The Bulldogs have a week before UNI, a game that right now has big implications on who might win the conference. At this point, though, Baranczyk likes where her team is. After losing 5 of 6 around the holidays, the Bulldogs have climbed out of the hole.

“I really, really like the fact that we know we have to have the chemistry and we know what it feels like to really not just survive but to be able to excel,” Baranczyk said. “That’s the piece that I really like — that you always want but teams don’t always have. This team has that.”

Drake women use huge second half to beat Indiana State

January 15, 2016 9:14 PM

ONLINE EXCLUSIVE BY AUSTIN CANNON

Drake head coach Jennie Baranczyk opened her postgame press conference with an unprompted expression of gratitude.

“Second halves,” she said. “Thank goodness for second halves.”

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Women’s basketball: Bulldogs back on track

January 14, 2016 6:00 AM

womenbasketballBy Austin Cannon

The Drake women’s basketball team has returned to a familiar habit: winning.

After dropping five of their previous six, the Bulldogs have won three straight and sit at the No. 2 spot in the Missouri Valley Conference standings with a 10-5 (3-1) record, half a game behind Loyola.

It’s so far been a season of peaks and valleys. Drake reeled off six straight victories to begin the nonconference season, averaging 81 points per game in victories over the likes of Iowa State, Wisconsin and Creighton. Then the roller coaster started down the loop. The Bulldogs lost four of the final five games of the nonconference slate, the only victory coming over Division III William Penn, 100-61. The MVC season started with a 10-point setback to Southern Illinois on New Years.

Only two games from .500, Drake responded by winning its next three games by an average of 26 points. A big win over Evansville preceded two away victories over Missouri State and Wichita State. It was the first time since 2009 that the Bulldogs had beaten the Bears and Shockers away from the Knapp Center.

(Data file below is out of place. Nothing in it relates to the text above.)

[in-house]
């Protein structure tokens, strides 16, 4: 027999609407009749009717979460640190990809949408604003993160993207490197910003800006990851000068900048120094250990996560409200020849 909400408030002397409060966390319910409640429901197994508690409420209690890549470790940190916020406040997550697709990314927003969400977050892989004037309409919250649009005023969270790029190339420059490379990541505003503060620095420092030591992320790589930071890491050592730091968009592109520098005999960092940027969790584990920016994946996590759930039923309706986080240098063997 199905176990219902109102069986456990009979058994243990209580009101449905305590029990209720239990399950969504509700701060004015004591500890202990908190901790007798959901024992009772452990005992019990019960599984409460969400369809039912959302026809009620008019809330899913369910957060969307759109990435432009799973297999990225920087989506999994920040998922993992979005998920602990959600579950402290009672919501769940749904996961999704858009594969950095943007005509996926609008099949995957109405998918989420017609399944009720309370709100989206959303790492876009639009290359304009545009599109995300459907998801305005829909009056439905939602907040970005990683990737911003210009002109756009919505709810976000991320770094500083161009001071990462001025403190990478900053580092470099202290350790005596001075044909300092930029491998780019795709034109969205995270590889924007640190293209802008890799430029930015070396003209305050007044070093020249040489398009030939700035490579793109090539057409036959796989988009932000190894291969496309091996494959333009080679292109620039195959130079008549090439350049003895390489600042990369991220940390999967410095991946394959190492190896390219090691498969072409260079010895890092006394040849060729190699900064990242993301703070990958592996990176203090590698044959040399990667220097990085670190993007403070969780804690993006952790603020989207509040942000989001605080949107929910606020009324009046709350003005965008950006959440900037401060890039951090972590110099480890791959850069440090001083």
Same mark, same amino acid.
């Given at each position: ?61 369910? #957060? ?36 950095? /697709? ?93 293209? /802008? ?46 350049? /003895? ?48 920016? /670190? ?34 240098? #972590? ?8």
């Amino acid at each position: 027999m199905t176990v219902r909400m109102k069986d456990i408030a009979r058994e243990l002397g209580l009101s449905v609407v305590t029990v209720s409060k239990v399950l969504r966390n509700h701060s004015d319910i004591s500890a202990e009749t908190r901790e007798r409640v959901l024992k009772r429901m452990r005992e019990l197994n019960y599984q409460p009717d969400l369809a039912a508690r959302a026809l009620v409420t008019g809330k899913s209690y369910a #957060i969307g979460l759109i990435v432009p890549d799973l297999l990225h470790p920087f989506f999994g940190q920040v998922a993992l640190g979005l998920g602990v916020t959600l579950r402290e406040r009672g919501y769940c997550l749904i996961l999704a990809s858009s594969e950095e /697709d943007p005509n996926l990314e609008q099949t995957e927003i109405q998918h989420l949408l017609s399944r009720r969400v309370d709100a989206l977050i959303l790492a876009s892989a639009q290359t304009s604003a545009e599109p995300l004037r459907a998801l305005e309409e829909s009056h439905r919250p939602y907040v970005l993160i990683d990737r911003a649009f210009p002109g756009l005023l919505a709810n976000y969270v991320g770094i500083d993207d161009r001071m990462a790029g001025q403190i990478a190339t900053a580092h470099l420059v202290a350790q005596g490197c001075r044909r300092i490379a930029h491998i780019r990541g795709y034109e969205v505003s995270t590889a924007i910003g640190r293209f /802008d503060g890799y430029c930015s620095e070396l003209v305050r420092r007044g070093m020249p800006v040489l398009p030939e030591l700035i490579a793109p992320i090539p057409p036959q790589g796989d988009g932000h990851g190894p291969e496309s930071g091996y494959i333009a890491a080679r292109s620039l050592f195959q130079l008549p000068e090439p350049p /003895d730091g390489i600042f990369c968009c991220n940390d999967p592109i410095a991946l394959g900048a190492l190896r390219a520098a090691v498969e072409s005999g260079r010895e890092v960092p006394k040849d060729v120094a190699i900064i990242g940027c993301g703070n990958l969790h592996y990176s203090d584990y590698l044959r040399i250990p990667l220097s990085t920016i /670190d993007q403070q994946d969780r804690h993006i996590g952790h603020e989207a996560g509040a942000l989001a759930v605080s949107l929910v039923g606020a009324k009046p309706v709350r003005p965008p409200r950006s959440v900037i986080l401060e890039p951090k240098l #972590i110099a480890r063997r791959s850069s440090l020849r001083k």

As she usually does, Lizzy Wendell led the Bulldogs in scoring in both victories, scoring 19 against the Bears and 27 against the Shockers. The junior from Blue Springs, Missouri, leads the MVC in scoring at 21 points per game.

Freshman Sarah Rhine earned the MVC newcomer of the week honors. She put up a 14-point and 7.5-board performance in last week’s victories. Rhine has been a force off the bench in her first Drake season, averaging 12 points and 6.5 rebounds per game and putting her squarely in the race for the MVC freshman player of the year.

Junior Caitlin Ingle is climbing her way through the Drake record books. Her 407 assists are good for seventh in the program’s history. Halfway through her junior year, she’s a near lock to finish in the t0p three by the end of her career.

Drake will try to take the top spot in the MVC standings this weekend, hosting Indiana State Friday at 7 p.m. and Illinois State Sunday at 6 p.m.        

Men’s Basketball blown out by Northern Iowa, losing streak now at four

January 10, 2016 10:39 PM

STORY BY ADAM ROGAN

The UNI Panthers (10-7, 2-2 MVC) kept the Bulldogs (5-11, 0-4 MVC) winless in conference this season on Saturday in Cedar Falls. It was also Drake’s biggest loss of the season, 77-44, a 23-point deficit.

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Missed opportunities doom Bulldogs in loss to Indiana State

January 6, 2016 11:07 PM

STORY BY TIM WEBBER